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Seeking user feedback to improve Elsevier’s mobile journals

Elsevier colleagues work with members of the research community to improve platforms and products

The Journal of the American College of Cardiology (JACC) multi-journal app enables cardiologists to access articles in a single app. Most Elsevier Journals are mobile optimized and many are available as native apps for iPhone, iPad and Android devices.How long have you been using your mobile device? Funny how advanced mobile technology has only been available for less than five years, yet it’s already an engrained means for accessing scientific and medical journal information. Now that gestures and the long scroll have become second nature, do you want more advanced features for reading mobile journals? What things do you wish you could do?

Here’s your chance to work with a product development team at Elsevier to help prioritize improvements to the mobile apps behind 165 of our journals

From our user feedback surveys and interviews, we found that the main things people want are easy access to previous issues, finding the PDF, being able to search across journals, and being able to link through to related articles – or find the articles that cite the one they’re interested in.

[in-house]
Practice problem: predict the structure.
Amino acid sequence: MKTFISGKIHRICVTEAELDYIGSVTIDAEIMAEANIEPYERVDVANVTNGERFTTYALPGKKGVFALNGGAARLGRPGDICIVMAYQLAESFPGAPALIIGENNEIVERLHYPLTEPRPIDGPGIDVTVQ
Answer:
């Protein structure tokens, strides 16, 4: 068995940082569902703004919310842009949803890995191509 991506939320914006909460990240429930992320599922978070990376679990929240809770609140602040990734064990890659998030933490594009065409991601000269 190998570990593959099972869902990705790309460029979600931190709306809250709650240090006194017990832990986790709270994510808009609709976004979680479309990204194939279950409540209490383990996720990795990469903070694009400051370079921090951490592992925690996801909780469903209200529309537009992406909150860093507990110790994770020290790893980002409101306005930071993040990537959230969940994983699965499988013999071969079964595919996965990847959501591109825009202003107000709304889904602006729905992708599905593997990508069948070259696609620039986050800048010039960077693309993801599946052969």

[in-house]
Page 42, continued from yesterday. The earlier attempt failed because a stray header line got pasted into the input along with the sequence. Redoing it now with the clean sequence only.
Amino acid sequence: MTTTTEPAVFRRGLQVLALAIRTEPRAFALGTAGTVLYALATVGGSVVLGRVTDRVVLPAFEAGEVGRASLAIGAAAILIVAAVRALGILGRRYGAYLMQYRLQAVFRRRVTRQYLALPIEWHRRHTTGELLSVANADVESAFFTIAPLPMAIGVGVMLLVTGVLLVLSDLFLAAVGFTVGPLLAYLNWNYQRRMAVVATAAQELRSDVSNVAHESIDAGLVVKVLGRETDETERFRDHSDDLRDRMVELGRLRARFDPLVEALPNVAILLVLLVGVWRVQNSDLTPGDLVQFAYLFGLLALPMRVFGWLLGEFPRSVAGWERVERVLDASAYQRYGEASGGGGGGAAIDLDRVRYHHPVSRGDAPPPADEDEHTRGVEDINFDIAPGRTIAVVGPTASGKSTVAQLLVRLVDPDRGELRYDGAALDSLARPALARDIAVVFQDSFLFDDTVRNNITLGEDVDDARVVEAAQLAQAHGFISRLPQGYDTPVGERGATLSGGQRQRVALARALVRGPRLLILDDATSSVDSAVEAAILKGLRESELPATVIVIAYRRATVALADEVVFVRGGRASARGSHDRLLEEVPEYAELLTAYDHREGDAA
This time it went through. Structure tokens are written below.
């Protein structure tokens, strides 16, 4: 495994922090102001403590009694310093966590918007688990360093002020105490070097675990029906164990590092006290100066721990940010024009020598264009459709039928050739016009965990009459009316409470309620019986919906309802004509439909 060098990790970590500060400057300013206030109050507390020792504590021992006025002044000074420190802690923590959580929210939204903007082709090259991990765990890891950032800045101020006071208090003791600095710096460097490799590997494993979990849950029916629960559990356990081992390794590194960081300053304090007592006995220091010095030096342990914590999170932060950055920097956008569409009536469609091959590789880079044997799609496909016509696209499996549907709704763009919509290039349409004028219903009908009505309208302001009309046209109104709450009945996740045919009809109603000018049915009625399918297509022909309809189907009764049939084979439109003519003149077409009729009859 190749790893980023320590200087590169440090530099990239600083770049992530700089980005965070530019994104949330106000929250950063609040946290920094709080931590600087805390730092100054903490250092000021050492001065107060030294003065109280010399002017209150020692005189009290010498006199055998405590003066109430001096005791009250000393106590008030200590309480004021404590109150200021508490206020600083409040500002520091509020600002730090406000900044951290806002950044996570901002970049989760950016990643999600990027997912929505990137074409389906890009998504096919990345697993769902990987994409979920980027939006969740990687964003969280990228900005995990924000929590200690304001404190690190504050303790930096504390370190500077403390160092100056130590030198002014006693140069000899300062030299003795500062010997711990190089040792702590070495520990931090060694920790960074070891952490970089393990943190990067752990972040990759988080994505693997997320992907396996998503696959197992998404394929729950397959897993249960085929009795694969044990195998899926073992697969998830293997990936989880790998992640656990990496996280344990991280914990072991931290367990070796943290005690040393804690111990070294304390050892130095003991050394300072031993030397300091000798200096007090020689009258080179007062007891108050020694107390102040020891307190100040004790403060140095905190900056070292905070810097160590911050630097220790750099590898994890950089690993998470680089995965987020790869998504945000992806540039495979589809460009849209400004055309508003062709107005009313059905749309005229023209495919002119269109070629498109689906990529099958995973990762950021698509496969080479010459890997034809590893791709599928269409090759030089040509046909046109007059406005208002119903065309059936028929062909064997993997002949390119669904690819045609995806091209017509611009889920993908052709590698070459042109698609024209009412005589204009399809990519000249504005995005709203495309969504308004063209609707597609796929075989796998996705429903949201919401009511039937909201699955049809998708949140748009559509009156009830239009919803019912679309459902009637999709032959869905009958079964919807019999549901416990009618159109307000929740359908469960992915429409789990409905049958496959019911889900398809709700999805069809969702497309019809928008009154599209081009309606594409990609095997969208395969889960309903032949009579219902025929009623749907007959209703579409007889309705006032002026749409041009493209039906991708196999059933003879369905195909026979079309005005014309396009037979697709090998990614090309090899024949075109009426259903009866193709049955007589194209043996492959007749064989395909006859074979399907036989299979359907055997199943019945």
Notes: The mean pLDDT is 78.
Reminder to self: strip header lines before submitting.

People also want to be able to synchronize across mobile devices. For example, you can find an article on your smart phone, scan it on your commute, and there it is on your tablet when you’re ready to read it in bed. Even better, you can access all the journals you read in through same app.

Do you wish you could do these things — or others?

Here’s your chance to work with a product development team at Elsevier to help prioritize improvements to the mobile apps behind 165 of our journals. The Elsevier journal-branded mobile apps have been designing enhancements from user insights the last four years. Elsevier has conducted several rounds of user testing to establish the current app interface. The journal branded mobile app team is now looking for user insights to help us determine future interface enhancements.

Top 5 features for users

In our surveys and interviews, we found the following to be the top 5 most important features are:

  1. Access to the PDF
  2. Images and Figures
  3. Search
  4. Reading articles while connected to a network
  5. Archives

Our user feedback has shown that there are many things we could try to do, but we want to know which to focus on – and those would be the ones that are important to users. And rather than assume we know what users want based on what they read and click on, we want to ask them directly.

What is user experience testing?

User experience testing is an ongoing process for developing products and enhancing them. At Elsevier, we do it in various ways: online surveys, phone interviews, and even observing people use our online products in person.